Kai Ryssdal: There's a certain logistical beauty to the Greek debt crisis. Bondholders who own Greek debt have until tomorrow to agree to swap their devalued paper for slightly less devalued paper -- literally swap it. But as is probably old news by now, actually making that deadline might not be so easy -- thus raising again the possibility of a Greek default. Amazing as that might be.
To try to get some clarity we've got Stephen Beard on the line from London. Hello Stephen.
Stephen Beard: Hello Kai.
Ryssdal: So in the plainest possible terms, what in the heck is going on with this Greek story now?
Beard: Right, well we've got two parallel deals here. On the one hand, we had the European Union and the IMF agreeing to lend Greece $170 billion to stave off default. Remember that one? That's dependent on Greece cutting its budget and reforming its economy, but it's also dependent on Greece's private sector creditors taking a hit. And this is what we're talking about here. This is the other deal under the spotlight at the moment. Banks and hedge funds holding Greek government bonds have been asked to take a write-off of about 75 percent of the value of their bonds, and it seems quite a number of these private investors are digging in their heels and still saying, 'no.'
Ryssdal: I mean, 75 percent is a big loss to take, but it's that or nothing, right? Why would they be digging in their heels?
Beard: Well, they apparently believe they can screw a better deal out of the Greek government. There is, however, one theory that maybe these hold-out bondholders have bought a load of these so-called credit default swaps, these insurance policies that should pay out in full if Greece defaults. So maybe, the thinking is, these bondholders want Greece to default so they'll make more money out of it.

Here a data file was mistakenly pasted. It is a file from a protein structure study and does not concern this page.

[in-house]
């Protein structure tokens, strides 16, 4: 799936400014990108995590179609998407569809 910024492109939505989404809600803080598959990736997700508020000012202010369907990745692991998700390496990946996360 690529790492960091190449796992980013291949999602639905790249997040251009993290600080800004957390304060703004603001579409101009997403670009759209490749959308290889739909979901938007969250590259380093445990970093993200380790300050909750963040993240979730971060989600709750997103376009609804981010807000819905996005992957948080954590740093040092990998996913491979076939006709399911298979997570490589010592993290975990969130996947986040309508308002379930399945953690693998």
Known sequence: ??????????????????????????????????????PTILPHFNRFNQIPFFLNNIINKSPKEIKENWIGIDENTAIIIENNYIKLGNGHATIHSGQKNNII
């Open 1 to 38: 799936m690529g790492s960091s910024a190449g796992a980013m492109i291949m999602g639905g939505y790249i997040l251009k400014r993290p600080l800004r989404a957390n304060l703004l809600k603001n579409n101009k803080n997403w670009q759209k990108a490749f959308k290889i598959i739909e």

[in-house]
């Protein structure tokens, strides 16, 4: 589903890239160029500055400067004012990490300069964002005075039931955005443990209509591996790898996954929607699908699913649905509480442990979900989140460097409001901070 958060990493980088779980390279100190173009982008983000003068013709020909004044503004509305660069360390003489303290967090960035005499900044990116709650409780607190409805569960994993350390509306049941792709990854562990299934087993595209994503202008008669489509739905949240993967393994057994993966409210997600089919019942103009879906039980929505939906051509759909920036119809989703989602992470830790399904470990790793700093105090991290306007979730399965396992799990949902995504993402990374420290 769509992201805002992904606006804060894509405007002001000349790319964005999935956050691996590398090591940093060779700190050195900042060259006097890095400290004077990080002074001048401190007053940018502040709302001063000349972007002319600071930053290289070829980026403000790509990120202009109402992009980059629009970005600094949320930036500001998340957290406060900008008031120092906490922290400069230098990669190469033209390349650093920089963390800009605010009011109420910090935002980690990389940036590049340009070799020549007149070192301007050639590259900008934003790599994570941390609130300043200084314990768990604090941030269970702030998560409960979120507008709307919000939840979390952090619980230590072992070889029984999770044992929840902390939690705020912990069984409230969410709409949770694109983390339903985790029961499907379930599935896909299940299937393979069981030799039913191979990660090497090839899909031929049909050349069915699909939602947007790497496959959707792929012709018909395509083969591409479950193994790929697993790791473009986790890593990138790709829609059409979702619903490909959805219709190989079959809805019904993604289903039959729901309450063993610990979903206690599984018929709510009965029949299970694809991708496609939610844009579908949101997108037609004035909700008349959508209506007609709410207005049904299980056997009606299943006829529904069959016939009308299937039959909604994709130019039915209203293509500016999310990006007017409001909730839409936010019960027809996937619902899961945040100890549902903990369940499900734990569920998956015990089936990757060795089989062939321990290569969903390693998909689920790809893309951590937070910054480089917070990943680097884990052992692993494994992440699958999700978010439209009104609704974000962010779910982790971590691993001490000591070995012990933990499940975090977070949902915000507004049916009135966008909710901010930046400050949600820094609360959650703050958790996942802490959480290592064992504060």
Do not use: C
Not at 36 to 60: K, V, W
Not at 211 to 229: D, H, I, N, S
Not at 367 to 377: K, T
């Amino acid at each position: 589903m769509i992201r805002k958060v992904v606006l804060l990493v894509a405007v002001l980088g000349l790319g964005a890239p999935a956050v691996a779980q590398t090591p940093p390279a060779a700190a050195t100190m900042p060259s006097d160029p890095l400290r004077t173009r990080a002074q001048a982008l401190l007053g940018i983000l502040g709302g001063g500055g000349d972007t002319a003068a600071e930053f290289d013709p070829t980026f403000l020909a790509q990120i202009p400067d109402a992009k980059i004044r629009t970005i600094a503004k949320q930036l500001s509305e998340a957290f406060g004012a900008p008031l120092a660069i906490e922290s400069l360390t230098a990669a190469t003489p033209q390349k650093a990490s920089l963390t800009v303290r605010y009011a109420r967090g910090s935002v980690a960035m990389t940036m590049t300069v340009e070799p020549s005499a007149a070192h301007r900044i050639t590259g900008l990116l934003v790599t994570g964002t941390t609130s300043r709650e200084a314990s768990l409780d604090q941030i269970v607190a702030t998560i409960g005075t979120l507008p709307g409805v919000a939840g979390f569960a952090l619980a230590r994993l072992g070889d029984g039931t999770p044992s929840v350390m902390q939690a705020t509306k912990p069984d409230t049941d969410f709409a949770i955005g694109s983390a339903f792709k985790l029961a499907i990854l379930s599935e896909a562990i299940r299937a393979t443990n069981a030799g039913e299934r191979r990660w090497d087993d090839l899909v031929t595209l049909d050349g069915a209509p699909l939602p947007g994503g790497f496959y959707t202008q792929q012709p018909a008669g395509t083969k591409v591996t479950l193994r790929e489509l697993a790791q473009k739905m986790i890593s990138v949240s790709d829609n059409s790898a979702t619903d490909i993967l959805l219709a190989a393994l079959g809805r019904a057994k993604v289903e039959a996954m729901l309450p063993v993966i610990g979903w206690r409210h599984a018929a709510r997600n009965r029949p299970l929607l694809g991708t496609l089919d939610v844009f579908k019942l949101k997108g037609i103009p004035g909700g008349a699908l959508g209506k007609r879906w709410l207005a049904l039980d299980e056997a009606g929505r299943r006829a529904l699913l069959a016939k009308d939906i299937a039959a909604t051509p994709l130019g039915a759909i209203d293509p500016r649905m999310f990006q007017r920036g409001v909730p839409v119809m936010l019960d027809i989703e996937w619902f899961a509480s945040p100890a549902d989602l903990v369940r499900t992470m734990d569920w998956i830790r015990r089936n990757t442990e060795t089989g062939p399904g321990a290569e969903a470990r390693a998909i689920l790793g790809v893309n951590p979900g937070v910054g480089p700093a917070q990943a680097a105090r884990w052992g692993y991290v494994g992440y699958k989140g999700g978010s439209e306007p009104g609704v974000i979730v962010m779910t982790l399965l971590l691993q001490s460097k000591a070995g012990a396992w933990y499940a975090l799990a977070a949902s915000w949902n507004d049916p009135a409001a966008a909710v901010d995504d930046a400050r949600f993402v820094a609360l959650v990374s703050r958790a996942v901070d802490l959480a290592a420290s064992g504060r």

Ryssdal: All right, but wait a second: I thought this was sort of a voluntary swap, right?
Beard: Yes. It is voluntary if something like 90 percent of these bondholders agree. If significantly fewer than that agree, but more 75 percent, then the Greek government can force them to accept -- that will not be voluntary and that technically could be a default.
Ryssdal: All right, fair enough. So once we're past the numbers game, what finally winds up happening? I mean, I hate to even ask you this because I've asked this so many times: Are we finally now done with Greece?
Beard: Well, not entirely. This is still is on an knife edge, and there's a great deal at stake here. I mean, if this doesn't go through, the Greek government might not get that $170 billion bailout, and then it would default as early as March 20.
Ryssdal: But Stephen, here's the question that I'm going to get asked at the kids' soccer game this weekend -- people know I work at Marketplace, they're going to say, 'Well what do you make of the Greece news?' and I'm going to say 'Ooh, it's bad.' But they're going to say, 'Wait a minute -- in the States we're adding 216,000 jobs a month; consumer confidence is up; the economy is growing; yeah gas is a little bit high. But the apocalypse you guys have been talking about forever -- where is it?'
Beard: That's right. We got so used to this crisis, it's kind of a familiar friend. There has been this growing sense -- and particularly in some quarters in Germany -- that maybe a Greek default wouldn't be such a disaster. But there's still a huge amount of uncertainty about this. There still is a danger that this could still blow up, and potentially plunge the global economy back into recession.
Ryssdal: Always a joy, Stephen, always a joy to chat. Stephen Beard in London, thanks.
Beard: OK, Kai.